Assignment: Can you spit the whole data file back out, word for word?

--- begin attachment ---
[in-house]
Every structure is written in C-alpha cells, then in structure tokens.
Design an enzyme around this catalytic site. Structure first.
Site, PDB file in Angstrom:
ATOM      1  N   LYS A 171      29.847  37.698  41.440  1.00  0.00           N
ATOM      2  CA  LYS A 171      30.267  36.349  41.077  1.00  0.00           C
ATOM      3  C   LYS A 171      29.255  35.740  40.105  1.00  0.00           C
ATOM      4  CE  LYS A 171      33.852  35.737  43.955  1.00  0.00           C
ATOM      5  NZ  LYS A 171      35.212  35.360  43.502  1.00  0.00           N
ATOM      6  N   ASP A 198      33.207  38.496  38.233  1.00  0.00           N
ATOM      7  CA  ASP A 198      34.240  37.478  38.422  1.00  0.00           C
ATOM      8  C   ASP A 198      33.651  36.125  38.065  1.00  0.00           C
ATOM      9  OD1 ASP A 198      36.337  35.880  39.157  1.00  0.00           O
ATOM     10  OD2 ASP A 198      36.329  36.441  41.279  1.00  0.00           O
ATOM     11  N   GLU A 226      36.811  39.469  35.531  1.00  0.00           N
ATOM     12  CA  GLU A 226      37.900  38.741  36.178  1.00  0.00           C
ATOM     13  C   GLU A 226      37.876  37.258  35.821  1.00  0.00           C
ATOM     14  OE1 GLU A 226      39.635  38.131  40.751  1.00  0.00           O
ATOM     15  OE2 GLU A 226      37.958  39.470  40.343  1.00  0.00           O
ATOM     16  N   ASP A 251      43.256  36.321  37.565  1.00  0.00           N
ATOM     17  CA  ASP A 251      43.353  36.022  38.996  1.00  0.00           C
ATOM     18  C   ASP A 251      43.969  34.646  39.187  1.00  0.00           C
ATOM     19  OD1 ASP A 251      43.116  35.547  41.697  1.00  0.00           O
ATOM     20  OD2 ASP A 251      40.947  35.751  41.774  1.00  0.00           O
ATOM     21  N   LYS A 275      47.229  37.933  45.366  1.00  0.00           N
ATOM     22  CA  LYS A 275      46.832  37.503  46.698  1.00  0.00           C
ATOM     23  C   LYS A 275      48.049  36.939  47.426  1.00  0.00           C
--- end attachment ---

[in-house]
Every structure is written in C-alpha cells, then in structure tokens.
Design an enzyme around this catalytic site. Structure first.
Site, PDB file in Angstrom:
ATOM      1  N   LYS A 171      29.847  37.698  41.440  1.00  0.00           N
ATOM      2  CA  LYS A 171      30.267  36.349  41.077  1.00  0.00           C
ATOM      3  C   LYS A 171      29.255  35.740  40.105  1.00  0.00           C
ATOM      4  CE  LYS A 171      33.852  35.737  43.955  1.00  0.00           C
ATOM      5  NZ  LYS A 171      35.212  35.360  43.502  1.00  0.00           N
ATOM      6  N   ASP A 198      33.207  38.496  38.233  1.00  0.00           N
ATOM      7  CA  ASP A 198      34.240  37.478  38.422  1.00  0.00           C
ATOM      8  C   ASP A 198      33.651  36.125  38.065  1.00  0.00           C
ATOM      9  OD1 ASP A 198      36.337  35.880  39.157  1.00  0.00           O
ATOM     10  OD2 ASP A 198      36.329  36.441  41.279  1.00  0.00           O
ATOM     11  N   GLU A 226      36.811  39.469  35.531  1.00  0.00           N
ATOM     12  CA  GLU A 226      37.900  38.741  36.178  1.00  0.00           C
ATOM     13  C   GLU A 226      37.876  37.258  35.821  1.00  0.00           C
ATOM     14  OE1 GLU A 226      39.635  38.131  40.751  1.00  0.00           O
ATOM     15  OE2 GLU A 226      37.958  39.470  40.343  1.00  0.00           O
ATOM     16  N   ASP A 251      43.256  36.321  37.565  1.00  0.00           N
ATOM     17  CA  ASP A 251      43.353  36.022  38.996  1.00  0.00           C
ATOM     18  C   ASP A 251      43.969  34.646  39.187  1.00  0.00           C
ATOM     19  OD1 ASP A 251      43.116  35.547  41.697  1.00  0.00           O
ATOM     20  OD2 ASP A 251      40.947  35.751  41.774  1.00  0.00           O
ATOM     21  N   LYS A 275      47.229  37.933  45.366  1.00  0.00           N
ATOM     22  CA  LYS A 275      46.832  37.503  46.698  1.00  0.00           C
ATOM     23  C   LYS A 275      48.049  36.939  47.426  1.00  0.00           C